Transcranial Direct Current Stimulation and Decision-Making: The Neuromodulation of Cognitive Reflection

PhD Thesis

Edgcumbe, D. R. 2018. Transcranial Direct Current Stimulation and Decision-Making: The Neuromodulation of Cognitive Reflection. PhD Thesis University of East London School of Psychology
AuthorsEdgcumbe, D. R.
TypePhD Thesis

The ability to make judgements and decisions is crucial to our lives. The dual-process framework of judgement and decision-making (e.g. Stanovich, 2009) proposes that decisions are usually made using mental processes relying on automatic processes (called Type 1 processing) or on more controlled processes (called Type 2 processing). According to this theory, when we make a decision without conscious effort we rely on the autonomous processes of Type 1 intuitive thinking, which is prone towards errorful decision-making. Alternatively, if we use Type 2 thinking by committing cognitive resources (e.g., working memory) we engage analytic thinking by at least partly inhibiting Type 1 processing. The primary goal for this thesis is to test whether Type 1 versus Type 2 processes in decision-making can be linked to different neural substrates. Transcranial direct current stimulation (tDCS), a non-invasive method for enhancing or decreasing cortical excitability was used. Participants completed decision-making tasks (e.g., Cognitive Reflection Test (CRT), syllogistic reasoning) to capture performance indicating Type 1 or Type 2 processing, and executive function tasks to assess the basis of Type 1 and Type 2 processing. First, a meta-analysis was performed on a variety of experiments using tDCS, finding evidence for the involvement of frontal structures in judgement and decision-making. In subsequent experiments stimulation of the right but not left dorsolateral prefrontal cortex (DLPFC) with anodal tDCS increased performance compared to sham in the CRT and solving vignettes measuring heuristic thinking. In experiment three there was a cumulative effect of neuromodulation on Type 2 processing, with an increase in reflective thinking performance following each of two stimulation sessions. Individual differences in thinking dispositions and cognitive ability could not explain the results, and there were no performance-enhancing effects of stimulation on syllogisms or executive functions. These experiments provide evidence for the involvement of the right DLPFC in decision-making which relies on the inhibition of pre-potent responses (e.g., the CRT).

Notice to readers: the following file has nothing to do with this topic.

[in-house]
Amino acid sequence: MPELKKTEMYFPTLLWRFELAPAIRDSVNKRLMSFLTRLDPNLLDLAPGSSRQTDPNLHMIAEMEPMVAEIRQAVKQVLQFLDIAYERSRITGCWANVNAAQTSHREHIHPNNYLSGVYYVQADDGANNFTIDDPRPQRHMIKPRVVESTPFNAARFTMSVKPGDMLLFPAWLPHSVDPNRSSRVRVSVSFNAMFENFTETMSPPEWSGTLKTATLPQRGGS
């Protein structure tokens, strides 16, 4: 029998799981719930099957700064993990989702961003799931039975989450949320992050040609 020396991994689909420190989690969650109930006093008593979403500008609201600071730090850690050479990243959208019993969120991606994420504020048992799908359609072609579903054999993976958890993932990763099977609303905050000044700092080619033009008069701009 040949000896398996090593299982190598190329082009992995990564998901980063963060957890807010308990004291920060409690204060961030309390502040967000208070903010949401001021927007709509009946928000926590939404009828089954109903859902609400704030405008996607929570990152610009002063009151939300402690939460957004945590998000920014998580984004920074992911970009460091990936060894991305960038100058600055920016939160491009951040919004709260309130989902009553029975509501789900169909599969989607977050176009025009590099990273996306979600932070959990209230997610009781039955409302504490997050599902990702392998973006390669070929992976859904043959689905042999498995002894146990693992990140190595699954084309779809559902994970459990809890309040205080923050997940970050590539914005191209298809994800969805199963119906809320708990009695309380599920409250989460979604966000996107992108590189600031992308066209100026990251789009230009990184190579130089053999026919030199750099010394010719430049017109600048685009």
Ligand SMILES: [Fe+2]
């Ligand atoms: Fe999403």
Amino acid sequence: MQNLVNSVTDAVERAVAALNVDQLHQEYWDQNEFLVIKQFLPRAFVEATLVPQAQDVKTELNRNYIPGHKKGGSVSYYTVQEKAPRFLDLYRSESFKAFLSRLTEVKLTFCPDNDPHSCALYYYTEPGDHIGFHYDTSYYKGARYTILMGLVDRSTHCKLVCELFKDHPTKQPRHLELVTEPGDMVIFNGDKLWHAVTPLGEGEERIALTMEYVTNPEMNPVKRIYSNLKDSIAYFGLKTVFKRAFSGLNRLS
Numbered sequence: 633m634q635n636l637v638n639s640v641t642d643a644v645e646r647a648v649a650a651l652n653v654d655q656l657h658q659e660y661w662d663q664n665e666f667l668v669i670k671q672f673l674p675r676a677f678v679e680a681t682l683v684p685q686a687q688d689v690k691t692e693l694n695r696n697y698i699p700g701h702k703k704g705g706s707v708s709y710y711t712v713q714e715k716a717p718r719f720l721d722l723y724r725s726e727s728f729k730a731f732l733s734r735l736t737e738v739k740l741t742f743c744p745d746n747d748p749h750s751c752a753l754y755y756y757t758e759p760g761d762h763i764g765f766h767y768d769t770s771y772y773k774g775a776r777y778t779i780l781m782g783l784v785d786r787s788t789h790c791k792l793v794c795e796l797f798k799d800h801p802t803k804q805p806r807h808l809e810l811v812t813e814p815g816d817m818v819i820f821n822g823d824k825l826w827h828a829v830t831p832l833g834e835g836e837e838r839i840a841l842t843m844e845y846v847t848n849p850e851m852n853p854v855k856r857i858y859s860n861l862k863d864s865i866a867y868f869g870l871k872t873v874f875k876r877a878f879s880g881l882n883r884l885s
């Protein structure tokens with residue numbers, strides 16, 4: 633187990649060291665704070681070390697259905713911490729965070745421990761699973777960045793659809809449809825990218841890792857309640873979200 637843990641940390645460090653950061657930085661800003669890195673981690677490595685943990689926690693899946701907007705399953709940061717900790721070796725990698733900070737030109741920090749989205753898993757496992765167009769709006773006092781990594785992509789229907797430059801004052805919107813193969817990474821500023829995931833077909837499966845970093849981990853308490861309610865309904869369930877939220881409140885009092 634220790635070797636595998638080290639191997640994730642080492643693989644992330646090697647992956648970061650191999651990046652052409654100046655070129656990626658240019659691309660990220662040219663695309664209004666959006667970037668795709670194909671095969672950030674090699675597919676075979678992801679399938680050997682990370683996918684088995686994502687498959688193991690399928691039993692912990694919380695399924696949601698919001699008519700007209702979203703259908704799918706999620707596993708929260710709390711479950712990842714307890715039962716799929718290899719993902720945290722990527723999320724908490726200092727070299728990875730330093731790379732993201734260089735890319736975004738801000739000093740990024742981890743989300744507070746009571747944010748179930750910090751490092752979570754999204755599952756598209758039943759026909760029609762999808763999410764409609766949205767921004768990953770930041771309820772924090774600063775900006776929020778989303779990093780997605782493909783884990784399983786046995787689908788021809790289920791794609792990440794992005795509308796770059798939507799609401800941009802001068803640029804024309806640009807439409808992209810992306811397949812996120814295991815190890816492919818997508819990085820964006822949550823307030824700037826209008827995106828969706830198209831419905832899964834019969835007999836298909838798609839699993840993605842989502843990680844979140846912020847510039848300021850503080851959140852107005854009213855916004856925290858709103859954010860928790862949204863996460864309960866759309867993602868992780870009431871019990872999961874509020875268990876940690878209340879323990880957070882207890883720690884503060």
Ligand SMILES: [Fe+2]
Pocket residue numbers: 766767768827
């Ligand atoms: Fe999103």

PublisherUniversity of East London
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PrintSep 2018
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Deposited03 Sep 2019
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